Perennials are a great way of adding foliage because, unlike annuals, they just get bigger and stronger every year. So, using perennials for landscaping is a smart way to get a riot of color, add ground cover, and attract pollinators and beneficial bugs to your garden with minimal ongoing effort. 

Because perennials last for years, they develop deep, strong, complex root systems that help limit the erosion that can occur on or near the shore. For the best aesthetic, choose plants of varying heights, colors, and growth habits, and select species that bloom at different times of the year, so you've got color and texture for as long as possible every season.

2. Try Xeriscaping in Hot or Arid Climates

Xeriscape yard design with decorative rocks
Photo: Simone / Adobe Stock

Xeriscaping involves using succulents of all sizes and types in place of your average garden plant. If you're in a hot and arid area with little rainfall, xeriscaping is a smart move. Adding plants can have a dramatic impact on your lakefront’s look. As with perennials in more temperate climates, the succulents develop strong roots that help limit erosion and soil runoff. 

Sure, you can grow some perennials in arid climates, but they need constant attention, irrigation, and usually at least some shade. In contrast, the right xeriscaping plants can survive with very little maintenance.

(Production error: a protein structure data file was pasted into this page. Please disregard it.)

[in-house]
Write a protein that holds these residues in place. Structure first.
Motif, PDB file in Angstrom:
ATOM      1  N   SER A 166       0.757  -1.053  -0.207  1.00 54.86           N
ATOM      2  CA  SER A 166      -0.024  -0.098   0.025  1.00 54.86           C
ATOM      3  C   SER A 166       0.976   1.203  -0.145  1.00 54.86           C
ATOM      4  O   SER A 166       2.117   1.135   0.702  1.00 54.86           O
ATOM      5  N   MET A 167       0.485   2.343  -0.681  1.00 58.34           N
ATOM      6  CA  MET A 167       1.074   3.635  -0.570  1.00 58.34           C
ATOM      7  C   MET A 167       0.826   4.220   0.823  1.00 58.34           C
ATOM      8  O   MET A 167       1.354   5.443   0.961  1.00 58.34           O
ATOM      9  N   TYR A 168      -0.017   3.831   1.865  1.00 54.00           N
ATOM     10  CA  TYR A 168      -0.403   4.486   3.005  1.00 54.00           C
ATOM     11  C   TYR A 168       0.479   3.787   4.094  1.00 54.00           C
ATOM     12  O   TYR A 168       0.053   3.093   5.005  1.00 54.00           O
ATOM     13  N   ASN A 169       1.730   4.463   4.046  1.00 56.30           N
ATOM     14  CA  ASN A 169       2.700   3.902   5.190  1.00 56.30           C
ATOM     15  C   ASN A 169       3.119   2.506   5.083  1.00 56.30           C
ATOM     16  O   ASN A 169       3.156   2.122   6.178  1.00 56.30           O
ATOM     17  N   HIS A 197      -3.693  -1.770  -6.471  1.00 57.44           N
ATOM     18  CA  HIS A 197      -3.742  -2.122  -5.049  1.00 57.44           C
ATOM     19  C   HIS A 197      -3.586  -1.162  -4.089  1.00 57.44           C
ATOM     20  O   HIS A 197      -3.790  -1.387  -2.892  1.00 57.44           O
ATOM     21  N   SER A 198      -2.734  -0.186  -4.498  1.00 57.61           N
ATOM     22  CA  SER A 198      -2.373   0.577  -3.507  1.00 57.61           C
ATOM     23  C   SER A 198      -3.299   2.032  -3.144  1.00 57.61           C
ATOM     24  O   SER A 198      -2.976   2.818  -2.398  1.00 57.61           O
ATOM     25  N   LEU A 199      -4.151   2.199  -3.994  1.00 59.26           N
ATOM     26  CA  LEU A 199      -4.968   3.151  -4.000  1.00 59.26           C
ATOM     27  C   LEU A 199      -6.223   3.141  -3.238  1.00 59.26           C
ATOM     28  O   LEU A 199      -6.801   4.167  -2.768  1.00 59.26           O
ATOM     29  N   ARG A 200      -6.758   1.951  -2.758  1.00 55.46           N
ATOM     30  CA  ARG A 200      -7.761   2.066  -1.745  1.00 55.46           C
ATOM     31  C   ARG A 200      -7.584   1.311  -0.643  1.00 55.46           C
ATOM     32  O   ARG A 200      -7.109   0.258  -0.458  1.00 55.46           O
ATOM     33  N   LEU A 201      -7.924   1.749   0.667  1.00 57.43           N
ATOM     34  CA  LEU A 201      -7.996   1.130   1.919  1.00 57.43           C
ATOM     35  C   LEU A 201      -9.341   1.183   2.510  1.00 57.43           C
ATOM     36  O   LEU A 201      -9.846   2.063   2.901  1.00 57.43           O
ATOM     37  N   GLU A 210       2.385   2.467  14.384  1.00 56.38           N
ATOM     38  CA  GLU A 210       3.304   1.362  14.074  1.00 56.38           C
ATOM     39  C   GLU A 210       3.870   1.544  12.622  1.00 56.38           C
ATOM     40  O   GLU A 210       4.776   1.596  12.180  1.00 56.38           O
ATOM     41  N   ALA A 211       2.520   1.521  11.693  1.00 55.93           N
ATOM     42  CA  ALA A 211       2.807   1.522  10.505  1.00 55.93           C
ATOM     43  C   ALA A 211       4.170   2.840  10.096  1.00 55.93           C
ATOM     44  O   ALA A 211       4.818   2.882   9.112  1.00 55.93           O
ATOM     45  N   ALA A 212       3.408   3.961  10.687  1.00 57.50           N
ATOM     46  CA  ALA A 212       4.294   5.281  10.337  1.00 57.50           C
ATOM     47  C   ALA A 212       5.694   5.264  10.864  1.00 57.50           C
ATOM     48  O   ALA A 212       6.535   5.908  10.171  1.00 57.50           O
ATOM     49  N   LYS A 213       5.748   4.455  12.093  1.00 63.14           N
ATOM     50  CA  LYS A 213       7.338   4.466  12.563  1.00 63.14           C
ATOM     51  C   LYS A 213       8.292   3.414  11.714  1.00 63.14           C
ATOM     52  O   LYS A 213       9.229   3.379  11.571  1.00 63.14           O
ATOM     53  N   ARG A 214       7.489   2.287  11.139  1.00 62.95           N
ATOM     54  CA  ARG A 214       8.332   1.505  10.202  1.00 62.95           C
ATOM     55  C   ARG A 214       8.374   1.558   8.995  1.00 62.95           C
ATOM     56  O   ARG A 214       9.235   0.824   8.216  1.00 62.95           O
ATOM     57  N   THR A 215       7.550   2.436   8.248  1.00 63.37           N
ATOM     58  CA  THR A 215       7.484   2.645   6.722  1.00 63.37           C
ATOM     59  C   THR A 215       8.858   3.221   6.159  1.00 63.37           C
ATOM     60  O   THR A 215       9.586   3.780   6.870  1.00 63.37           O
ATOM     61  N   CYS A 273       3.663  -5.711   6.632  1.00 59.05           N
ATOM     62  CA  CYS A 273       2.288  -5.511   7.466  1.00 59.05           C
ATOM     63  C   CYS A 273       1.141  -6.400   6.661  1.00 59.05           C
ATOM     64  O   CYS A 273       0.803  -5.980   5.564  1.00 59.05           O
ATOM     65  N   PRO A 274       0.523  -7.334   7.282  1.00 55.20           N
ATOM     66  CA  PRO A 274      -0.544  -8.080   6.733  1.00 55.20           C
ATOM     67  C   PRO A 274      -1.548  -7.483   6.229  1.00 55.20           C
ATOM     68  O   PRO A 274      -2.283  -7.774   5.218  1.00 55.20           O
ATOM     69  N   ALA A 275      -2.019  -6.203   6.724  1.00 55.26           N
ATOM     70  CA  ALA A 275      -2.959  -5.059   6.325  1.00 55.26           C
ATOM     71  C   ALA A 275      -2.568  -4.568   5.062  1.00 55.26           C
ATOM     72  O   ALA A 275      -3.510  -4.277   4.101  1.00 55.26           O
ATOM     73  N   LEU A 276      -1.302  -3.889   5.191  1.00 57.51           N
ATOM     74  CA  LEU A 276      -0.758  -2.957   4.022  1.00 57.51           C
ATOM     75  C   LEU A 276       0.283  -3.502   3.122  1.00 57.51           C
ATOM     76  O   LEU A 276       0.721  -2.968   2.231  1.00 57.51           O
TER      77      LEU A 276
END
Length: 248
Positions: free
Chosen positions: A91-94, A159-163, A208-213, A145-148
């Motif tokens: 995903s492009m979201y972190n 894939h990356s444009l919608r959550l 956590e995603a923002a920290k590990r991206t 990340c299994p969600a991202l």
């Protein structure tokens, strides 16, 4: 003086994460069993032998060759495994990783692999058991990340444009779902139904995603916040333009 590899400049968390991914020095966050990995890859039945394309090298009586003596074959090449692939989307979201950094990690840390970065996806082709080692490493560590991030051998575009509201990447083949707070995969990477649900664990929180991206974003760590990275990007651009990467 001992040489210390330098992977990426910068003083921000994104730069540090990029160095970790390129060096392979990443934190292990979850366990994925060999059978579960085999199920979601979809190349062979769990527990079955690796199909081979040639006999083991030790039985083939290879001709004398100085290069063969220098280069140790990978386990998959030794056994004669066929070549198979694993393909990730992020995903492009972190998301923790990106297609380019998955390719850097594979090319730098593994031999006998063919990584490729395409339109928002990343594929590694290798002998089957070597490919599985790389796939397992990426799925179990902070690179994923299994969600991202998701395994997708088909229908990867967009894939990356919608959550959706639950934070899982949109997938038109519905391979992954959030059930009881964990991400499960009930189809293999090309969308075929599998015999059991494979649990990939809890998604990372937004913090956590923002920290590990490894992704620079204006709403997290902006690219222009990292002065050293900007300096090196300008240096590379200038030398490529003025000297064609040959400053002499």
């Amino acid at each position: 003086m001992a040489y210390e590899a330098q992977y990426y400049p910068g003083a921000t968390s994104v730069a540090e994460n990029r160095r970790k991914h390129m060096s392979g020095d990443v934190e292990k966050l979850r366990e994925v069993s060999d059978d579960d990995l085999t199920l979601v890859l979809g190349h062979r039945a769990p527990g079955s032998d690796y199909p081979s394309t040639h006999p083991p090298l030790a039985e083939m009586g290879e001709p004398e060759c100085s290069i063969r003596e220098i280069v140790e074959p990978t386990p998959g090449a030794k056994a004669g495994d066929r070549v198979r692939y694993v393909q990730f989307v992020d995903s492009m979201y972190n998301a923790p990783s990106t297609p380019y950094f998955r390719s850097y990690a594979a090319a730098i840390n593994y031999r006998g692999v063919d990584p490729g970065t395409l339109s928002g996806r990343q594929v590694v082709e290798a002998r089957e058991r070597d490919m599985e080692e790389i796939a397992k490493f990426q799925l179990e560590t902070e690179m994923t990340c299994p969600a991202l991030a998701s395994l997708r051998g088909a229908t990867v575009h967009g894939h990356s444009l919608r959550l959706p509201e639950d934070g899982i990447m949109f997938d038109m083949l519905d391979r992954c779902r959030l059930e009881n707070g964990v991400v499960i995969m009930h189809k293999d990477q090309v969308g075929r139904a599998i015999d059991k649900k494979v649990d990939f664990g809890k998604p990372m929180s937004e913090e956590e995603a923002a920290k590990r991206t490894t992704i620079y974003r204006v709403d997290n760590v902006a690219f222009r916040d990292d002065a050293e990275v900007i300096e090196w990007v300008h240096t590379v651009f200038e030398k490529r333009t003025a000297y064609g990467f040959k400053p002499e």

3. Consider Adding Some Hardscaping

Patio with outdoor kitchen and dining table
Photo: Ozgur Coskun / Adobe Stock

Hardscaping brings texture and functionality to your space. Adding a patio with a firepit and an outdoor seating area is a great way to extend the home comforts outside so you can comfortably enjoy your lake view. You could add lighting, a full outdoor kitchen and living space, or a deck with a hot tub and a few Adirondack chairs. 

4. Make Your Own Beachy Cove

Lakefront house with two jet skis
Photo: davelogan / iStock / Getty Images Plus

If you want to bring the beach to your home, why not make a beachy cove on the shoreline? You'll need to hire a local landscaper who specializes in lakefront properties, of course, but it's definitely doable. They create an artificial cove with a sandy beach and pull back that section of bulkhead. This creates a small secluded sandy cove while still protecting the property behind with the drain-back bulkhead.

5. Consider Rewilding the Shoreline

Closeup of a garden with native wild flowers
Photo: Vera Kuttelvaserova / Adobe Stock

If you appreciate a more natural aesthetic and want to create a haven for wildlife and insects, then rewilding is a solid option. It involves reintroducing native plants and letting them grow wild, just as they would if there wasn't a house and yard on the shore. 

Bringing a little natural, organic chaos into your outdoor space and embracing a slice of messy, untamed nature is fun and exhilarating and lets you reconnect with the natural world in a positive, controlled way. And you don't have to do the whole yard this way. Why not just do a portion of the shoreline? Or maybe rewild a small border on either side of a pathway down to the shore.